solver. After completion of the Hobbits and Orcs problem in Experiment 1, I had
participants complete the operation span task (OSPAN) (Kane, Bleckley, Conway &
Engle, 2001) to obtain a measure of working memory. Kane et al. have shown that
working memory correlates with controlled attention tasks, such as eye movement and it
seemed possible that controlled attention may be valuable in increasing problem
efficiency on a task such as the Hobbits and Orcs problem. If controlled attention is a
determinant in calculating future states and avoiding illegal moves then I hypothesize that
the OSPAN task would be negatively correlated to the number of illegal and legal moves.
As working memory increases a participant's ability to calculate future states and
correctly reject illegal moves and select the best alternative for legal moves should
improve, decreasing the number of both illegal and legal moves.
I also took measures of participants' Need For Cognition (NFC) and Impulsivity. I
predicted that as participants' NFC increased they would have a greater desire to do well
on the task and they would exert more effort and show improved performance. Nair and
Ramnarayan (2000) found that NFC positively correlated with participants' performance,
in the form of improved sales and profit margin, in decision making and problem solving
in a simulation of a business situation. I hypothesized that there would be a negative
correlation between NFC and both illegal and legal moves. Participants with a higher
NFC would have a greater need to do well on the task and would ultimately allot more
resources to the task to decrease the number of illegal and legal moves.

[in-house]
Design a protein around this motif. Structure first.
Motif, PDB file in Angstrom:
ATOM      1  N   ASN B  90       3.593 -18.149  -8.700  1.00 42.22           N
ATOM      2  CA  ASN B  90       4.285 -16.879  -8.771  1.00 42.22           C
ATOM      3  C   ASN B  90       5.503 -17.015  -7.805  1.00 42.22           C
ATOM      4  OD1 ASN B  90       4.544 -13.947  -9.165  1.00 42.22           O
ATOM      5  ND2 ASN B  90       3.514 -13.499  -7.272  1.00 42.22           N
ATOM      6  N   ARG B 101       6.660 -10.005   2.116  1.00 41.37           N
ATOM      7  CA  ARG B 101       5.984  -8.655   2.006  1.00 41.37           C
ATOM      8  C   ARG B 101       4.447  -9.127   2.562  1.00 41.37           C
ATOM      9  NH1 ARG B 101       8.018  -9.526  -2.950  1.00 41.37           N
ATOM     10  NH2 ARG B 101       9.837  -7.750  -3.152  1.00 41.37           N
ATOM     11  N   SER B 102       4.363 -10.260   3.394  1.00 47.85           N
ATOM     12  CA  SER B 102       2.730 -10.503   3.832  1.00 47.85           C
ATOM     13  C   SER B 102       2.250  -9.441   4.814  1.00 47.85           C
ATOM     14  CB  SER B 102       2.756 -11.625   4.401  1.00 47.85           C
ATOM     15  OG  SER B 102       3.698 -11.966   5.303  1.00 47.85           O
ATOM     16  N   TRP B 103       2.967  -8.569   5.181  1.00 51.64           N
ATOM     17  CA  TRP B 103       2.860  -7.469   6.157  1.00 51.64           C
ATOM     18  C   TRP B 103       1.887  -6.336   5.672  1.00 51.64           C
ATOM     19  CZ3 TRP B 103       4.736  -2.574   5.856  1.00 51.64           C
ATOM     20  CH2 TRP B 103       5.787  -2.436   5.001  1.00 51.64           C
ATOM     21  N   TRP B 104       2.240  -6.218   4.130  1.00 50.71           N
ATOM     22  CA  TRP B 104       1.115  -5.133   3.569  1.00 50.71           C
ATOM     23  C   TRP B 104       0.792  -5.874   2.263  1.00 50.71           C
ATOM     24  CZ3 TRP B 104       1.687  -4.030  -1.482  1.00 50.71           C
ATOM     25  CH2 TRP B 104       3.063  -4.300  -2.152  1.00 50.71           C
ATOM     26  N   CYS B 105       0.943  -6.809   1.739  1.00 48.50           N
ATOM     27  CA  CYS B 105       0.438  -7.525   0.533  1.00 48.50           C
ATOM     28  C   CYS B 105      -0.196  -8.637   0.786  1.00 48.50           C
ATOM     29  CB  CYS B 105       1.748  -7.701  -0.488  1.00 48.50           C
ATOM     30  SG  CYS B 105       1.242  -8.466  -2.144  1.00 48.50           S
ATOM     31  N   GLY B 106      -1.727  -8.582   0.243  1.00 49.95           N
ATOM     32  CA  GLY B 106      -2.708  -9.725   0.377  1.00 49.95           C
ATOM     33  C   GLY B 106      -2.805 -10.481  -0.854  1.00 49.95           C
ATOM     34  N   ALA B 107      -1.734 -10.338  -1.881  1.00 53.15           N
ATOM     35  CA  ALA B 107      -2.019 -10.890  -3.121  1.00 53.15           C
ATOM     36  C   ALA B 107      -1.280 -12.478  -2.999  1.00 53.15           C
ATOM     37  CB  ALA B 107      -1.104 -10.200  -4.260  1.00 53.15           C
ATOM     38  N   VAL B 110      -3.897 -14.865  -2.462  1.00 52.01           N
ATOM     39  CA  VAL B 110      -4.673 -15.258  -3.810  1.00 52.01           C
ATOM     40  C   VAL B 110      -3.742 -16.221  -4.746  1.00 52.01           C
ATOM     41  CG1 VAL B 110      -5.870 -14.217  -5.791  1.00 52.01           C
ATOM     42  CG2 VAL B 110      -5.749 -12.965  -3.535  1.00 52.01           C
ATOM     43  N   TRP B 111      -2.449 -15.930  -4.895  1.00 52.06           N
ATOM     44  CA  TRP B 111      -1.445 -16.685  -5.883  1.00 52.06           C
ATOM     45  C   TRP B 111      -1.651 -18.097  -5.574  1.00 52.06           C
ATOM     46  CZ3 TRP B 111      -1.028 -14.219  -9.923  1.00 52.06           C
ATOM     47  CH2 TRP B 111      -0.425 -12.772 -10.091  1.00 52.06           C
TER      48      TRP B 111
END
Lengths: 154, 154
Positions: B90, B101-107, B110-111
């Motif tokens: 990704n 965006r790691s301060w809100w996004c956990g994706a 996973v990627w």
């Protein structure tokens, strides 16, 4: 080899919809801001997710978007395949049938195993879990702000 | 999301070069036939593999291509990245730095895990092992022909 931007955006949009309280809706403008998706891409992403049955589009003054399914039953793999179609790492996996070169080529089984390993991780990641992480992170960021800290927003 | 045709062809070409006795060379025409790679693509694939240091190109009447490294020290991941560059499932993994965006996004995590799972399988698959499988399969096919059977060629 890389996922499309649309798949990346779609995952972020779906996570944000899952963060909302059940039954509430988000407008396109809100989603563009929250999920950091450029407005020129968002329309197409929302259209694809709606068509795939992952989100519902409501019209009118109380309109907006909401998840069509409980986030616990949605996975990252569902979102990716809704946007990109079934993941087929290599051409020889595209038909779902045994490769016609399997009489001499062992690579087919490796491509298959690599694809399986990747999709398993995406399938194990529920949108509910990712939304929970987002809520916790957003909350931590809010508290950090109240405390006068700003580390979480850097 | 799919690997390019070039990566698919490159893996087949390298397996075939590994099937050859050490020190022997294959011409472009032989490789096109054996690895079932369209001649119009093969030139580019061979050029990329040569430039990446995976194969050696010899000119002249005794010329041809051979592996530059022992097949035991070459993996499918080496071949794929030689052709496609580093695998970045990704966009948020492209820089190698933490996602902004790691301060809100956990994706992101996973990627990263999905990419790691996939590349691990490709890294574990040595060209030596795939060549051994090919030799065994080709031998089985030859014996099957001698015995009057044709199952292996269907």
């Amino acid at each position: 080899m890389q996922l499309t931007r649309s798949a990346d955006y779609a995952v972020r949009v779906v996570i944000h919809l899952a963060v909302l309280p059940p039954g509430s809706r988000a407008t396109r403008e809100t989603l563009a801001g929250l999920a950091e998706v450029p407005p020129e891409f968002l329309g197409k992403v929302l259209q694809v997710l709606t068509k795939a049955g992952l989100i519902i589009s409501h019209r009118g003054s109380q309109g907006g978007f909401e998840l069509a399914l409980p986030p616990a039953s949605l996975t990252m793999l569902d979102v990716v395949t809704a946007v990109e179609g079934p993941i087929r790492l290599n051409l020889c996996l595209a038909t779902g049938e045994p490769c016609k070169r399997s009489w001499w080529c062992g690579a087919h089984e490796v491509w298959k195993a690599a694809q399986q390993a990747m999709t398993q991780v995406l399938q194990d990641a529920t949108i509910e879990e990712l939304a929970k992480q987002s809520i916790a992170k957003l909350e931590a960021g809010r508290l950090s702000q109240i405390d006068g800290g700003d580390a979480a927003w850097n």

I hypothesized that Impulsivity would be positively correlated to both illegal and
legal moves. Participants with a high Impulsivity score would be more likely to use a trial
and error strategy, trying moves without first calculating the resulting state. If participants
were to randomly select moves without attempting to apply any reasoning or additional
strategies, which I hypothesized those with high Impulsivity scores would do, they would
show an increase in the number of both illegal and legal moves.
Participants were 62 undergraduates from the University of Florida who received
course credit for their participation. All participants were above the age of 18. Ten
participants proved unable to solve the problem in 20 minutes. They were assisted in
completing the problem and thus were not included in the analysis. This resulted in 52
participants in the analysis for Experiment 1.
Problem and Interface
The Hobbits and Orcs problem (which is also referred to as the Missionaries and
Cannibals or River Crossing problem) consisted of one boat and six travelers, three of
which were hobbits and three of which were orcs. All travelers began on the left bank of
a river with the boat. The goal was to move all six travelers to the right bank of the river
using the boat. However, the rules stated that the boat could only hold a maximum of two
travelers at one time and at least one traveler was required in the boat for it to cross the